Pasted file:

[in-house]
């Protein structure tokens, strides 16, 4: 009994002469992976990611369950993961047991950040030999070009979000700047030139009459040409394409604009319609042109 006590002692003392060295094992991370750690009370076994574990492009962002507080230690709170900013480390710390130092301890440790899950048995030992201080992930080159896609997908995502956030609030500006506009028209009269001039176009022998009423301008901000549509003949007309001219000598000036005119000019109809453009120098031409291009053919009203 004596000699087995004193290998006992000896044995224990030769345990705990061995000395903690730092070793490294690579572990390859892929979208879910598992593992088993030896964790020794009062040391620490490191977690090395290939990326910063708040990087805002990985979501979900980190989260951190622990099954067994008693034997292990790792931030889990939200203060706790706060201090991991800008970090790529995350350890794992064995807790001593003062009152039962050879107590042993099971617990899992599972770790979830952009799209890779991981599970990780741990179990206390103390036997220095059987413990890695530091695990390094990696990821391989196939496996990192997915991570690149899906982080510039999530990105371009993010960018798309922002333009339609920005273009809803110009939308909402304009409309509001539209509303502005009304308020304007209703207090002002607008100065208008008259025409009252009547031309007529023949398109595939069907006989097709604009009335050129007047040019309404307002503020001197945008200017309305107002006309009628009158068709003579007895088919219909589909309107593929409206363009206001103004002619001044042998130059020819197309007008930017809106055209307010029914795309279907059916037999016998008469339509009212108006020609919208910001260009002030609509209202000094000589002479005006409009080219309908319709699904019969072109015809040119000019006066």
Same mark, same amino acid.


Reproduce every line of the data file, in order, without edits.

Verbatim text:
[in-house]
């Protein structure tokens, strides 16, 4: 009994002469992976990611369950993961047991950040030999070009979000700047030139009459040409394409604009319609042109 006590002692003392060295094992991370750690009370076994574990492009962002507080230690709170900013480390710390130092301890440790899950048995030992201080992930080159896609997908995502956030609030500006506009028209009269001039176009022998009423301008901000549509003949007309001219000598000036005119000019109809453009120098031409291009053919009203 004596000699087995004193290998006992000896044995224990030769345990705990061995000395903690730092070793490294690579572990390859892929979208879910598992593992088993030896964790020794009062040391620490490191977690090395290939990326910063708040990087805002990985979501979900980190989260951190622990099954067994008693034997292990790792931030889990939200203060706790706060201090991991800008970090790529995350350890794992064995807790001593003062009152039962050879107590042993099971617990899992599972770790979830952009799209890779991981599970990780741990179990206390103390036997220095059987413990890695530091695990390094990696990821391989196939496996990192997915991570690149899906982080510039999530990105371009993010960018798309922002333009339609920005273009809803110009939308909402304009409309509001539209509303502005009304308020304007209703207090002002607008100065208008008259025409009252009547031309007529023949398109595939069907006989097709604009009335050129007047040019309404307002503020001197945008200017309305107002006309009628009158068709003579007895088919219909589909309107593929409206363009206001103004002619001044042998130059020819197309007008930017809106055209307010029914795309279907059916037999016998008469339509009212108006020609919208910001260009002030609509209202000094000589002479005006409009080219309908319709699904019969072109015809040119000019006066």
Same mark, same amino acid.